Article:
## Chapter 3

Integral Relations for a Control Volume

## One-Dimensional Flow

### Overview

The third chapter in the book deals with flows that can be assumed to be one dimensional, *i.e.* flow quantities will only vary in one direction. Although this may seem to be of very limited use, the theory covered and equations derived in this section will be of great help in the coming chapters. The specific model problems analyzed in detail in chapter three are: normal shocks, one-dimensional flow with heat addition, and one-dimensional flow with friction.

### Sections

#### 3.2 One-dimensional Flow Equations

The one dimensional flow equations are derived starting from the conservation equations on integral form introduced in Chapter 2. With variation of flow quantities in one direction only, a simplified set of governing equations is derived using a control volume approach.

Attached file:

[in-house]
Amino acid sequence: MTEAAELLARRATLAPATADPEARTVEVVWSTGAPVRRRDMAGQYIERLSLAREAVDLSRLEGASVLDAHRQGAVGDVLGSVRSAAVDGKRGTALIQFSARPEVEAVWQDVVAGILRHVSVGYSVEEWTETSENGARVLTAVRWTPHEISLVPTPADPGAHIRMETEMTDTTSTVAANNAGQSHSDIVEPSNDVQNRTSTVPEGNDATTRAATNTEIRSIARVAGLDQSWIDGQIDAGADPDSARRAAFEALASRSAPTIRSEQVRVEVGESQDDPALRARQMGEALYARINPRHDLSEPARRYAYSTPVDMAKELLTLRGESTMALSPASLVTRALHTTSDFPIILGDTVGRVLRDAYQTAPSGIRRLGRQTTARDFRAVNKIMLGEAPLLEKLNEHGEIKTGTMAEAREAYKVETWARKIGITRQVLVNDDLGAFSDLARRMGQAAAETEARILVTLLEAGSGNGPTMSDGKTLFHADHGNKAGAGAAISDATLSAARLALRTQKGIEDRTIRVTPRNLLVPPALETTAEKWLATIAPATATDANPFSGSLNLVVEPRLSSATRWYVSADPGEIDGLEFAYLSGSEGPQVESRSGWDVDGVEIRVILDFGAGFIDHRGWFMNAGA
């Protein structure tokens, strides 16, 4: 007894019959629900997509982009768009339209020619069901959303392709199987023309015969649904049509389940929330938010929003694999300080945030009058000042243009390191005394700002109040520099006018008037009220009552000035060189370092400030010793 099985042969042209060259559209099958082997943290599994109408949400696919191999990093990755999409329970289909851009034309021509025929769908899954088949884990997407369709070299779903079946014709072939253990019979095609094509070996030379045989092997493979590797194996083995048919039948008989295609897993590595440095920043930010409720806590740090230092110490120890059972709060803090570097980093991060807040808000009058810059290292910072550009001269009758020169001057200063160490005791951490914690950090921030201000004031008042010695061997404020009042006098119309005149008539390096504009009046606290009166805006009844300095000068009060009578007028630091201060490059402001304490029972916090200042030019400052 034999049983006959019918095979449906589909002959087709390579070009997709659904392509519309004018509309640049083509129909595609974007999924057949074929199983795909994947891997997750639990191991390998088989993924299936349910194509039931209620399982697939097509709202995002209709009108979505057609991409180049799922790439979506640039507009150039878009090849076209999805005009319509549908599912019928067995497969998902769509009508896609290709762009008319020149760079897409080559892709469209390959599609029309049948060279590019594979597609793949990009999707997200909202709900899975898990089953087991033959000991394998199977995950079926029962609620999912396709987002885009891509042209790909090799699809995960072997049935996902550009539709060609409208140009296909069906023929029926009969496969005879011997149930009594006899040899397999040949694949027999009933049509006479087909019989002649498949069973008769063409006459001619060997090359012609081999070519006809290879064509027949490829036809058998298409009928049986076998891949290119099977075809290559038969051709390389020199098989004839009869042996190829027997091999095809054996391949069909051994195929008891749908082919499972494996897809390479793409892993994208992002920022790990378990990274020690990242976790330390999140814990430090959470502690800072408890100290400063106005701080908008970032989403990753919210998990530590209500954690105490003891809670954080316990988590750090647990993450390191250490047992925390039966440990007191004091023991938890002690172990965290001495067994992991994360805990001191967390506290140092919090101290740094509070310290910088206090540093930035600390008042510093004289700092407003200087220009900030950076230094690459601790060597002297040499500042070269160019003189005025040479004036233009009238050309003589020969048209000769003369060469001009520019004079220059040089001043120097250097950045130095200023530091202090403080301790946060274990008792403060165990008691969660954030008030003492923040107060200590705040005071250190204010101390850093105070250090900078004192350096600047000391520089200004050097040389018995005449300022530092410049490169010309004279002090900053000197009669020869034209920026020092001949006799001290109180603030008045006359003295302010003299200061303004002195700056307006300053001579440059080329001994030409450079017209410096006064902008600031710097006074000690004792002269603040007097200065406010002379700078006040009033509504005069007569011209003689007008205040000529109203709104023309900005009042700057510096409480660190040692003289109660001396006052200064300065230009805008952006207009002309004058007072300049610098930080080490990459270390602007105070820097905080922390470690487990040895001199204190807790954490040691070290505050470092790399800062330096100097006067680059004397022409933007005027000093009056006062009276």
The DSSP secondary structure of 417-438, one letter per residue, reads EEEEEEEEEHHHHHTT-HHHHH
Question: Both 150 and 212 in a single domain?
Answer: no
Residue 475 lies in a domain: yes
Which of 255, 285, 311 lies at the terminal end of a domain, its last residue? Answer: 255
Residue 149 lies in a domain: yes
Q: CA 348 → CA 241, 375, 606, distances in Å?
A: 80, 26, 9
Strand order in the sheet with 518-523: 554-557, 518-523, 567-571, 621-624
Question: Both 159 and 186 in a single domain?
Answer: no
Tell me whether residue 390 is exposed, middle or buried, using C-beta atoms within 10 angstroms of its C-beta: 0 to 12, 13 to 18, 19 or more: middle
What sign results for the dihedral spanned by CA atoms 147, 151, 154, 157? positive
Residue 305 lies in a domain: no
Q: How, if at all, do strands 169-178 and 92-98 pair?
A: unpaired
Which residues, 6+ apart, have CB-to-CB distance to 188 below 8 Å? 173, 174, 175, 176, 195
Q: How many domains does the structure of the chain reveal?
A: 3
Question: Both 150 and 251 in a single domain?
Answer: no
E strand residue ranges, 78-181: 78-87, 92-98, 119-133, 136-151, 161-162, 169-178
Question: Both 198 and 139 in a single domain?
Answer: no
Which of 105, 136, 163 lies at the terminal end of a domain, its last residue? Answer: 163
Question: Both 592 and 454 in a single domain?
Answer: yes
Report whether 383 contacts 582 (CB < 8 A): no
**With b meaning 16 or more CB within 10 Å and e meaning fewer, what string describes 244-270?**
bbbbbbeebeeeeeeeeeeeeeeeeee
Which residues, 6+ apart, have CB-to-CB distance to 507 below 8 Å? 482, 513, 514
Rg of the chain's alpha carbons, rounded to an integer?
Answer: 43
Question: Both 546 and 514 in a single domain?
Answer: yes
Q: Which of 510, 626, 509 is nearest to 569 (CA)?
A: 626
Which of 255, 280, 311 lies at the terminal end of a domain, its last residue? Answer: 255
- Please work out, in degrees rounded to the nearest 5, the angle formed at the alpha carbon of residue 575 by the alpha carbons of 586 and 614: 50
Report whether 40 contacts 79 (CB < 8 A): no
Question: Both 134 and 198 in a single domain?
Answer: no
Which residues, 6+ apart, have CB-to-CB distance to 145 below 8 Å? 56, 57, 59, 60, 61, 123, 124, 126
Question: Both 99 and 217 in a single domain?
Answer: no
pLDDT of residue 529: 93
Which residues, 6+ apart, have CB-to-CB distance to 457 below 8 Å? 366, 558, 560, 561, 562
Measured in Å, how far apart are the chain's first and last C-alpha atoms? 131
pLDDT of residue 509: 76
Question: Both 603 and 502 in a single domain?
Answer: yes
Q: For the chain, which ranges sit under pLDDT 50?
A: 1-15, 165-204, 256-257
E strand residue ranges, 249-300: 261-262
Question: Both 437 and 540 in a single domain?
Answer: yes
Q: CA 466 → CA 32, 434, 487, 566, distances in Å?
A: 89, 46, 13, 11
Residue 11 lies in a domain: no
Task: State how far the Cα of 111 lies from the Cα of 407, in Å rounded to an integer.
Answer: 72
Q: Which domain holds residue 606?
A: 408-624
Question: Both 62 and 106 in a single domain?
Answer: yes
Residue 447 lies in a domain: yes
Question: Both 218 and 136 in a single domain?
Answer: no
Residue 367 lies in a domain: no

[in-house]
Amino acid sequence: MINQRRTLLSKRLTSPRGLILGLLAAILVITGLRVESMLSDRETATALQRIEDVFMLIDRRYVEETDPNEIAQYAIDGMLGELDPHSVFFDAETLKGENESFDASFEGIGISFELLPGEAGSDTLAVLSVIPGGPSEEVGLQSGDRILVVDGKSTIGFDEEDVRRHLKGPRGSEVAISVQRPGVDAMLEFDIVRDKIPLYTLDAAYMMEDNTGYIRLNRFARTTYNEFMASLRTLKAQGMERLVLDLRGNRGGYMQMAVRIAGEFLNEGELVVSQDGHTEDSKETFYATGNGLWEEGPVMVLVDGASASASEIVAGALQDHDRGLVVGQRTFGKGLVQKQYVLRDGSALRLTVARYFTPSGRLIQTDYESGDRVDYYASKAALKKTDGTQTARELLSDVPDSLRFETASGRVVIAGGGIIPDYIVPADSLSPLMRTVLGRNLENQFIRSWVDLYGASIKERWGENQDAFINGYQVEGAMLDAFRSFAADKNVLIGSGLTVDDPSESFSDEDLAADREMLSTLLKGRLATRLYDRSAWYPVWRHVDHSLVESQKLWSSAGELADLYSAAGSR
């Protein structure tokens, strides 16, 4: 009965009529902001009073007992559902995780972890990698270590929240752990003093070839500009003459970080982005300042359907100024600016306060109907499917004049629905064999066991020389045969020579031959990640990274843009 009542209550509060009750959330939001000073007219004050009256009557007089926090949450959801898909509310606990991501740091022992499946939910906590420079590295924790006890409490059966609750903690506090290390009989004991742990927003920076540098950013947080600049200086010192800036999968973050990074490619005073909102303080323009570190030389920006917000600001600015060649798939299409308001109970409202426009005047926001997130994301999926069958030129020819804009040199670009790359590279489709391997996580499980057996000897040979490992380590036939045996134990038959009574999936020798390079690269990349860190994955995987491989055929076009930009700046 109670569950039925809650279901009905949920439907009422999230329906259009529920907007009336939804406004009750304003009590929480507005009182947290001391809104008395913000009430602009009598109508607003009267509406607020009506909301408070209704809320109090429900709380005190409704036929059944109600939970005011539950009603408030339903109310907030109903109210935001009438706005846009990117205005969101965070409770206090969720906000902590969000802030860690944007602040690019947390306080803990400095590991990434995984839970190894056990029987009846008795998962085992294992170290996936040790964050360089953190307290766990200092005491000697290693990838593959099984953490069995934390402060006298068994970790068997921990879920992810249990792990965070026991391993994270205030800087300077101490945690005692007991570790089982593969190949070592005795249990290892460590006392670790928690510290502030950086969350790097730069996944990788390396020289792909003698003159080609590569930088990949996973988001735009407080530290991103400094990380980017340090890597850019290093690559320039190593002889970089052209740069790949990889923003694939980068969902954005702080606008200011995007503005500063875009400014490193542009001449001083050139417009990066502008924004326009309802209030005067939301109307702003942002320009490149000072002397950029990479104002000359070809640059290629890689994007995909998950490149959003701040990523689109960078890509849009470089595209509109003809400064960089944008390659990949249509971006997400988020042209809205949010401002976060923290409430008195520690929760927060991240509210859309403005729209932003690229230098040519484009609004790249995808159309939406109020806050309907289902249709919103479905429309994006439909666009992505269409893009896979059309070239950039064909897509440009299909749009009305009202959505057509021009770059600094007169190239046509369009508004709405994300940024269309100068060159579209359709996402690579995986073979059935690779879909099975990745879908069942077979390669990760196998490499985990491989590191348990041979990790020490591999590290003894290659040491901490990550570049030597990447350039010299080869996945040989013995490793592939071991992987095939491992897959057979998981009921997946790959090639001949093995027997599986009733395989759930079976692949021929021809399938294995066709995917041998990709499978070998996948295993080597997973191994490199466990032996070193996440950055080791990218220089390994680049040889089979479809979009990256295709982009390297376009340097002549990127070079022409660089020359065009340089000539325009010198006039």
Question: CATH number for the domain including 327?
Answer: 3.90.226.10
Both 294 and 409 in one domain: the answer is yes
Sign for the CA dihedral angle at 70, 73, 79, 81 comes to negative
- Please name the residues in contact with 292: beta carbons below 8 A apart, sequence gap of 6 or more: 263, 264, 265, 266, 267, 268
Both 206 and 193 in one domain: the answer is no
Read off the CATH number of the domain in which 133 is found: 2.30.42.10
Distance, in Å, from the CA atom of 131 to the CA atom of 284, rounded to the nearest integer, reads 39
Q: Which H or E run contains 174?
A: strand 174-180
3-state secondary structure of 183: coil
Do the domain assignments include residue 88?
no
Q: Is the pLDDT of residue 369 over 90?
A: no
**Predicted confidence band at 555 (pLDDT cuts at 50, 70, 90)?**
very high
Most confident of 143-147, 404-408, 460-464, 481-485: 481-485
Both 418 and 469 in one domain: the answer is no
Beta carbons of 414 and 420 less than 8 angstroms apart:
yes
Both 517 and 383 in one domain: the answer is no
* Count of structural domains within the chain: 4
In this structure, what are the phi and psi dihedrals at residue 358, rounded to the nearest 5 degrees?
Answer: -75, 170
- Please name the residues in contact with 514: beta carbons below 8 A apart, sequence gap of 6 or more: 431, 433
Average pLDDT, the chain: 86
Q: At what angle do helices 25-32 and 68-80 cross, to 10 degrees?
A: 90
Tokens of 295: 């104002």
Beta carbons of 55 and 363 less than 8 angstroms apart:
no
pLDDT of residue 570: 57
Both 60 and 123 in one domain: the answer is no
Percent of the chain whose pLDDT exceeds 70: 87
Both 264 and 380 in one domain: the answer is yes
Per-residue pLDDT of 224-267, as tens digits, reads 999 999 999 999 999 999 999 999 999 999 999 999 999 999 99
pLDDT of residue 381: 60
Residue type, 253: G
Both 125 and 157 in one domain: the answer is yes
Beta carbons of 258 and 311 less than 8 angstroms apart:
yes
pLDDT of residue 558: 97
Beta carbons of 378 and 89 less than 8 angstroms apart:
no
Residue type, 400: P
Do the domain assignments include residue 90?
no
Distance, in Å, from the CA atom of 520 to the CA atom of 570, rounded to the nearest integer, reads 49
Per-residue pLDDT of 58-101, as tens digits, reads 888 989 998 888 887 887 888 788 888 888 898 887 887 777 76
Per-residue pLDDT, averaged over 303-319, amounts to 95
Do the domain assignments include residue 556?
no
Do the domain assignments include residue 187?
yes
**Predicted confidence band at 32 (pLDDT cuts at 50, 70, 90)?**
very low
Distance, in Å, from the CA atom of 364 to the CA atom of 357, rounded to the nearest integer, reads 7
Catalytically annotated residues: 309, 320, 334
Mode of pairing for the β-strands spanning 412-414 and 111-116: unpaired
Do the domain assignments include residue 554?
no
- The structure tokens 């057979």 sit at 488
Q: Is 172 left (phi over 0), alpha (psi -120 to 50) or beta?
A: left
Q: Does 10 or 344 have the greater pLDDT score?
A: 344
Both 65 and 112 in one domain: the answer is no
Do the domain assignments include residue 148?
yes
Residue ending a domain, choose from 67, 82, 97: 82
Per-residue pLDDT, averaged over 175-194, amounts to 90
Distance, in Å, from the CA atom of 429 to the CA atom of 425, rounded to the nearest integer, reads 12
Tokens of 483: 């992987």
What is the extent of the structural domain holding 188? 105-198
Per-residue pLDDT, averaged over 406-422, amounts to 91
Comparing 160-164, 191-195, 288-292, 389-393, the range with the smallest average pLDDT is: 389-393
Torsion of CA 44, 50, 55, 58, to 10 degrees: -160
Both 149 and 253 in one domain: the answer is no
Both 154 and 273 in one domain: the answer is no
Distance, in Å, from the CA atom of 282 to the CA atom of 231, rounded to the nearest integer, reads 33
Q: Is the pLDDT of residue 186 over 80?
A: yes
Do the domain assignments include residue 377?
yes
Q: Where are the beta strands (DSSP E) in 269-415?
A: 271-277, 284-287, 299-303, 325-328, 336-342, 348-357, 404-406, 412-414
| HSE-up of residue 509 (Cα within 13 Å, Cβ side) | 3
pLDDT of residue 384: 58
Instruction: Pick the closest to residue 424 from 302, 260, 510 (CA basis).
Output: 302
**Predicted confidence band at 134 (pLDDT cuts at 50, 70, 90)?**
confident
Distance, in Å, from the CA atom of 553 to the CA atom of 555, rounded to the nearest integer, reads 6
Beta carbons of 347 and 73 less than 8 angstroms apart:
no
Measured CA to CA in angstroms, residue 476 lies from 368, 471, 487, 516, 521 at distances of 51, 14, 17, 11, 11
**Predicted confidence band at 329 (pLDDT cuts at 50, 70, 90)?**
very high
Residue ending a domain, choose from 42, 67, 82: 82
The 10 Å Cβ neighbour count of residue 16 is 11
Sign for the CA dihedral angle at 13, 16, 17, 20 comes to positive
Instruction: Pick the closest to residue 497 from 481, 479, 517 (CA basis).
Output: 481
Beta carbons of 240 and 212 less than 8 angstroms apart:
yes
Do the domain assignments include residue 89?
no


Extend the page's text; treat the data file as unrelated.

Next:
conservation of mass

$$ \rho_1 u_1 = \rho_2 u_2$$conservation of momentum

$$ p_1 +\rho_1 u_1^2 = p_2 + \rho_2 u_2^2 $$conservation of energy

$$ h_1 +\frac{u_1^2}{2} = h_2 + \frac{u_2^2}{2} $$#### 3.3 Speed of Sound and Mach Number

Using the above derived equations and choosing a control volume such that it includes the wave front of an acoustic wave the speed of sound is investigated. Using the fact that an acoustic wave is a very weak wave we can make assumptions about changes in flow quantities and losses that leads us to a relation between the speed of sound and the compressibility

$$ a^2=\left(\frac{\partial p}{\partial \rho}\right)_s $$Finally, by assuming that we can treat the gas as calorically perfect, we end up with the following relation between speed of sound and temperature